The National Museum of Natural History (Pambansang Museo ng Likas na Kasaysayan) is located inside the former Agriculture and Commerce Building/former Department of Tourism Building within Rizal Park. It is operated by the National Museum of the Philippines.
In 2013, the P1 billion project for retrofitting the neoclassical structure was awarded to Dominic Galicia Architects (involved the maintenance of the building’s facade except for the addition of a glass dome supported by a double helix structure) and Interior Designer Tina Periquet.
“The Tree of Life” – the glass dome design and double helix support structure which covers the courtyard of the six-storey building, was inspired from the composition of the DNA.
Inaugurated last September 30, 2017, the grand opening is slated on May 18, 2018 which also coincides with International Museum Day.
Draped on the walls are three-storey portraits of three famous species endemic to the Philippines are draped around the walls: The Philippine Tamaraw (Bubalus mindorensis), The Philippine Tarsier (Carlito syrichta) and The Philippine Eagle (Pithecophaga jefferyi)
Rafflesia, named after Sir Thomas Stamford Raffles which led the expedition in 1818 in a rainforest in Bengkulu, Sumatra which led to its discovery. It has approximately 28 species all found in southeastern Asia (Malaysia, Indonesia, Thailand and the Philippines).
Also known as the “corpse flower” or “meat flower” because it looks like and smells like rotting flesh. It has no stems, leaves or roots and the only visible part of its vine genus is its five-petaled flower that can grow from 12 centimeters to over 100 centimeters (39 inches in diameter) and can weigh up to 10 kilograms (22 pounds).
Marine and Terrestrial cabinet of curiosities – encyclopedic collections of objects whose categorical boundaries were, in Renaissance Europe, yet to be defined. The term cabinet originally described a room rather than a piece of furniture. The classic cabinet of curiosities emerged in the 16th century, although more rudimentary collections had existed earlier. Modern terminology would categorize the objects included as belonging to natural history, geology, ethnography, archeaology, religious or historical relics, works of art and antiquities.
Taxidermy is the preserving of an animal’s body via stuffing or mounting for the purpose of display or study. It is practiced primarily on vertebrates (mammals, birds, fish, reptiles, and less commonly on amphibians) but can also be done to larger insects and arachnids under some circumstances.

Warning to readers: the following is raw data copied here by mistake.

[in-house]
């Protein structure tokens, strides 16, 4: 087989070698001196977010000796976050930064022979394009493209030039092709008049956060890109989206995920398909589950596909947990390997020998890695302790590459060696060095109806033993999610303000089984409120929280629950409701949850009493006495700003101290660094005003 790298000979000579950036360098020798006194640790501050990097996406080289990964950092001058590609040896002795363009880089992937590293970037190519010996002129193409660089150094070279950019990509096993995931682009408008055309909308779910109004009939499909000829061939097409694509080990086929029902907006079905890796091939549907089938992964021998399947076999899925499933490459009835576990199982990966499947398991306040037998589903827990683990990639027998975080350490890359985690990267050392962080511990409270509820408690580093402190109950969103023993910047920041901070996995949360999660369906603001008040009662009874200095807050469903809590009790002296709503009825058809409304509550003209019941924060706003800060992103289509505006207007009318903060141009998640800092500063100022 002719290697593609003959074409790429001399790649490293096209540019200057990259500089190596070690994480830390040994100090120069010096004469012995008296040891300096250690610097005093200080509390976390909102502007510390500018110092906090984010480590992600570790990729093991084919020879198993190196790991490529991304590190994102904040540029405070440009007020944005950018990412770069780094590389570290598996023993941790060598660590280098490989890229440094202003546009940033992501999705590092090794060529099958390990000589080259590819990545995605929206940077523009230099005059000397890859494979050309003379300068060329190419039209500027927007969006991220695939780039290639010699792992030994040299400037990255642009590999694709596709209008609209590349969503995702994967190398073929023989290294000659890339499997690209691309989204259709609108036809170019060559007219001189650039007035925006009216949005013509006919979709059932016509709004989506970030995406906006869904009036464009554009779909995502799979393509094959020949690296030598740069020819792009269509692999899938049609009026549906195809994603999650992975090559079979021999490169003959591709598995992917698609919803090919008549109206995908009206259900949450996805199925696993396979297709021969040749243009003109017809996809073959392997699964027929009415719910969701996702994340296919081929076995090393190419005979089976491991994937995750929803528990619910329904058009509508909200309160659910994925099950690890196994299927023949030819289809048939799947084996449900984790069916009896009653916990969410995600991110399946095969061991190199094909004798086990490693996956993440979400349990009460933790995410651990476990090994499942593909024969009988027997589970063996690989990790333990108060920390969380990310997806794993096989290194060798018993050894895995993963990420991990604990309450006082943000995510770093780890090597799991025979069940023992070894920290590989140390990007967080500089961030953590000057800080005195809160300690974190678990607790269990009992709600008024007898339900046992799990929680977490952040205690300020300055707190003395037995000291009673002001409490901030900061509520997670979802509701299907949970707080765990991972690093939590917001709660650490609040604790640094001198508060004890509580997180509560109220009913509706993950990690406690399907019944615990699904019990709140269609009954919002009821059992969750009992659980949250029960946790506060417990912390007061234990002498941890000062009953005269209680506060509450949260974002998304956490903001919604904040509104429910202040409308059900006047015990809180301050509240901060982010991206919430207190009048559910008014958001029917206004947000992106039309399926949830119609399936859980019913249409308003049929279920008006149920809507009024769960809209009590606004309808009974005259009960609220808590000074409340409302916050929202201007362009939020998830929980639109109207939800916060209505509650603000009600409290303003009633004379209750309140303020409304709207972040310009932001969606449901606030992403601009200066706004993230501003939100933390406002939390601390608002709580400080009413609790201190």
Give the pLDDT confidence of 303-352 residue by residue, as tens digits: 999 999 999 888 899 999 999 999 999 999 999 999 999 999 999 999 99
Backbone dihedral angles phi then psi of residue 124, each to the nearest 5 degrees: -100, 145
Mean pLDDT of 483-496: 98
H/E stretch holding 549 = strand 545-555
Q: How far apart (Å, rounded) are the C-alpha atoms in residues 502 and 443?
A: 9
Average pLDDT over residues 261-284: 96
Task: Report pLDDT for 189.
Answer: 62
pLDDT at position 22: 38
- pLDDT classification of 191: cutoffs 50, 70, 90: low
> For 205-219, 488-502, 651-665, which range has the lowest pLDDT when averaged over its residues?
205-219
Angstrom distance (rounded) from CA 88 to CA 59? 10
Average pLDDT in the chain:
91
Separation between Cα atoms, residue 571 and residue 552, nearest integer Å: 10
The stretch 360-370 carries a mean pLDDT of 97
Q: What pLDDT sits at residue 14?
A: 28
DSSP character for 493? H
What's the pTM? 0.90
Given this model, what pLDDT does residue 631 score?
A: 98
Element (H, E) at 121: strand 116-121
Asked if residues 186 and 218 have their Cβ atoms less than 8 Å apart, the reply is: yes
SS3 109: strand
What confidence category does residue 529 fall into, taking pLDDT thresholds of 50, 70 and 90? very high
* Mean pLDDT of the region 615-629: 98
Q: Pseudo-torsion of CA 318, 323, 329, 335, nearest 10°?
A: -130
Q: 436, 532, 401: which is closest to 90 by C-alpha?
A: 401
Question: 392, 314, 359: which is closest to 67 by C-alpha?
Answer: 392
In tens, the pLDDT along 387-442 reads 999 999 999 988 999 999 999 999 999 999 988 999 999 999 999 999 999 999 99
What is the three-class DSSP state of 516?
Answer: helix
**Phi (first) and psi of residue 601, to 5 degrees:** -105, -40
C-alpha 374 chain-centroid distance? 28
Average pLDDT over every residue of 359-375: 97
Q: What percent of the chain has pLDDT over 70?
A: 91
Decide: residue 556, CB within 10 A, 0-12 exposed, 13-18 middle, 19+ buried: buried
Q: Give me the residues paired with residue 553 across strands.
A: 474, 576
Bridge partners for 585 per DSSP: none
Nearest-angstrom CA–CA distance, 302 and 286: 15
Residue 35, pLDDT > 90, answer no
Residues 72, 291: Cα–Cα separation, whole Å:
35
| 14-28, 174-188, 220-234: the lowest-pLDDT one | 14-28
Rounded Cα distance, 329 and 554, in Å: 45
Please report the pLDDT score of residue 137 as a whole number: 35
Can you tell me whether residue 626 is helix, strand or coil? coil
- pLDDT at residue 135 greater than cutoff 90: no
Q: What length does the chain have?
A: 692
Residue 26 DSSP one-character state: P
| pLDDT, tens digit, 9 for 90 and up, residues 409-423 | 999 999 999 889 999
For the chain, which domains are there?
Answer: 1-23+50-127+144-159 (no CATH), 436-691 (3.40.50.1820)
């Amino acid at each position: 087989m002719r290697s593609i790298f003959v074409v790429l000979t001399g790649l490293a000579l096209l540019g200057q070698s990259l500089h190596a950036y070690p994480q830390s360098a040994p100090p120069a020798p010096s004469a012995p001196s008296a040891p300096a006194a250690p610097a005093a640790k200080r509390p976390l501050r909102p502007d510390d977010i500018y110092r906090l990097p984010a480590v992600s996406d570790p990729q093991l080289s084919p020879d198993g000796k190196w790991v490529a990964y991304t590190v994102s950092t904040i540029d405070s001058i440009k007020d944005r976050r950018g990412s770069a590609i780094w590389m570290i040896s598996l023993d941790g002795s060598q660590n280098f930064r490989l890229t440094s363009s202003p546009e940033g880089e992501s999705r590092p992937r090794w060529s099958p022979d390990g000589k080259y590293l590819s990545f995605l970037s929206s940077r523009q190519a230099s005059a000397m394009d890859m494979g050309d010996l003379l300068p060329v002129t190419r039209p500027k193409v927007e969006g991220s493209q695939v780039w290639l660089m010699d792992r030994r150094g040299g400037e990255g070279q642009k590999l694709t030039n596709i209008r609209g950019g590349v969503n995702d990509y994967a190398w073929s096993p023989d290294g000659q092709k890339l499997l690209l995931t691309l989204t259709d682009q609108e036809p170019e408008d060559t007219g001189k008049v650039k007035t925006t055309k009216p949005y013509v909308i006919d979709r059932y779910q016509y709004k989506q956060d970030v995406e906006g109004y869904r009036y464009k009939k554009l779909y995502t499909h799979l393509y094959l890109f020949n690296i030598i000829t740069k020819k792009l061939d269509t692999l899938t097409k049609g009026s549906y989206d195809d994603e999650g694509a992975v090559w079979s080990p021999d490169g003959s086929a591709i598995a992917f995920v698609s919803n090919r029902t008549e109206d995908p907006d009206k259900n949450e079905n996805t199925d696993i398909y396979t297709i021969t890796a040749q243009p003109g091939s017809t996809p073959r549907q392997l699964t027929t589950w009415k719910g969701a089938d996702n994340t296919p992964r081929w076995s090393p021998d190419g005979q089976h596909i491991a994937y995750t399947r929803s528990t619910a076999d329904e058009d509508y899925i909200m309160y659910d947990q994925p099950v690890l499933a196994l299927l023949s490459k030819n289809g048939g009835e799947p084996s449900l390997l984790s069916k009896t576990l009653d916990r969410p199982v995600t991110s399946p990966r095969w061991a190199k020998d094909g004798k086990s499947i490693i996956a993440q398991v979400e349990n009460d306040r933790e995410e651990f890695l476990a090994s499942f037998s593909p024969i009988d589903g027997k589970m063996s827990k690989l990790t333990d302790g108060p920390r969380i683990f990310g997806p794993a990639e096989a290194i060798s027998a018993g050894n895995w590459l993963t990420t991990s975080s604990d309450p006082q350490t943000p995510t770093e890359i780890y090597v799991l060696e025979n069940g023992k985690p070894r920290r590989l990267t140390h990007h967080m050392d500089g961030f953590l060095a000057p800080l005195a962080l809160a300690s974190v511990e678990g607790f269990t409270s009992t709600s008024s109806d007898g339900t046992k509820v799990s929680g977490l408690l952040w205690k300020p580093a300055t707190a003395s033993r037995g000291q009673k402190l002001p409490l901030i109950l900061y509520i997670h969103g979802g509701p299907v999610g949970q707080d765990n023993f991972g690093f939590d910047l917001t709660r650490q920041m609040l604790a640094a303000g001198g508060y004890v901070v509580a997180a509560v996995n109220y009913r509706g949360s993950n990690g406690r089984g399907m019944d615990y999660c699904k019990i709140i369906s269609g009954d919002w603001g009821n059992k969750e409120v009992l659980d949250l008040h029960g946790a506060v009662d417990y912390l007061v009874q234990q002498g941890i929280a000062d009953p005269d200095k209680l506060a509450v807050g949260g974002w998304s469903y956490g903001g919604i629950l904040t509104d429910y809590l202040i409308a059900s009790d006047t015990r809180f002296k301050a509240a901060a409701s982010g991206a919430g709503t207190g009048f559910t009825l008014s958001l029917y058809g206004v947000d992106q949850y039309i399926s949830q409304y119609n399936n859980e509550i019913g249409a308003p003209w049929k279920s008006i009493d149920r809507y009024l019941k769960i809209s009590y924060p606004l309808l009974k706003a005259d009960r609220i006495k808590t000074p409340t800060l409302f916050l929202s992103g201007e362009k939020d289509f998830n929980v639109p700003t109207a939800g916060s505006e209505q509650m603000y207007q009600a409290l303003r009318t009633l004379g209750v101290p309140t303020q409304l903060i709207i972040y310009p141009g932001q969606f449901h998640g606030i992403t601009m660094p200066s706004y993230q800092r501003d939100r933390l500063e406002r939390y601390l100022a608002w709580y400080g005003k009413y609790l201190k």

Flora de Filipinas – (deluxe version) by Francisco Manuel Blanco, O.S.A., published in Barcelona with colored lithographsbased on illustrations or plates by seventeen Filipino artists, some well-known like Felix Resurrection Hidalgo, Felix Martinez, Felix Pardo de Tavera, Miguel Zaragosa and Lorenzo Guerrero. Some were not well-known like Cayetano Arguelles, Francisco Domingo, Rosendo Garcia, Juan Garcia, Regino Garcia, and Isidro Llada and R. L. Salamanca. As was customary in botanical researh, the artists were not acknowledged in Blanco’s text but they did sign their respective works.
Butterfly Collection and Pinning – The method for collecting butterflies (Lepidotera) involves variable techniques such as “netting” where an individual equipped with a net attached to a circular loop with an expanded pole, actively searches and chases the butterfly for capture. Other standard protocols consist of the use of passive techniques where a contraption (e.g. butterfly trap) is left with a bait to attract butterflies and eventually ensnaring them. Once the specimens have been captured, the collector carefully handles the butterflies by their bodies, avoiding the wings and placing them inside waxy paper triangles to restrain the butterflies and keep the scales from rubbing off of each wings. The specimens are then taken back from the field and prepared for mounting.
Plant Pressing – Botanists use this plant press to preserve herbarium specimens. This press consists of two wooden frames, old newspapers, carton boards, corrugated aluminum sheets and bungee cords.
The plant cuttings are carefully laid out flat on top of a newspaper and are pressed between two boards, making sure every leaf, stem, and/or petal are visible. A corrugated aluminum sheet is then placed in between these layers to allow air to circulate.
The same procedure is followed with the rest of the plant cuttings, then the wooden contraptions are positioned at the bottom and on top of the pile and carefully bound together with bungee cords.
Botanists check the pressed plants every 2-3 days and replaces the damp papers with dry ones. It can take 2-4 weeks before the specimens become completely dry.
The Wardian Case or terrarium – named after its inventor, Dr. Nathaniel Bagshaw Ward (1791-1868). A physician and an avid botanist, he personally collected 25,000 specimens for a herbarium. London’s air was polluted by coal smoke and sulphuric acid which suffocated his plants then. He discovered, developed and later shipped ferns and grasses using his wooden glazed container. It became a fad and became part of the elegant drawing rooms of Victorian England, and now popularly known as terrarium.
All National Museum facilities have free admission and is open from Tuesday to Sunday, 10 am to 5 pm. The National Museum of Natural History will be open to the public on May 18, 2018. For information or further queries, please refer to the About section their Facebook page or send them a message.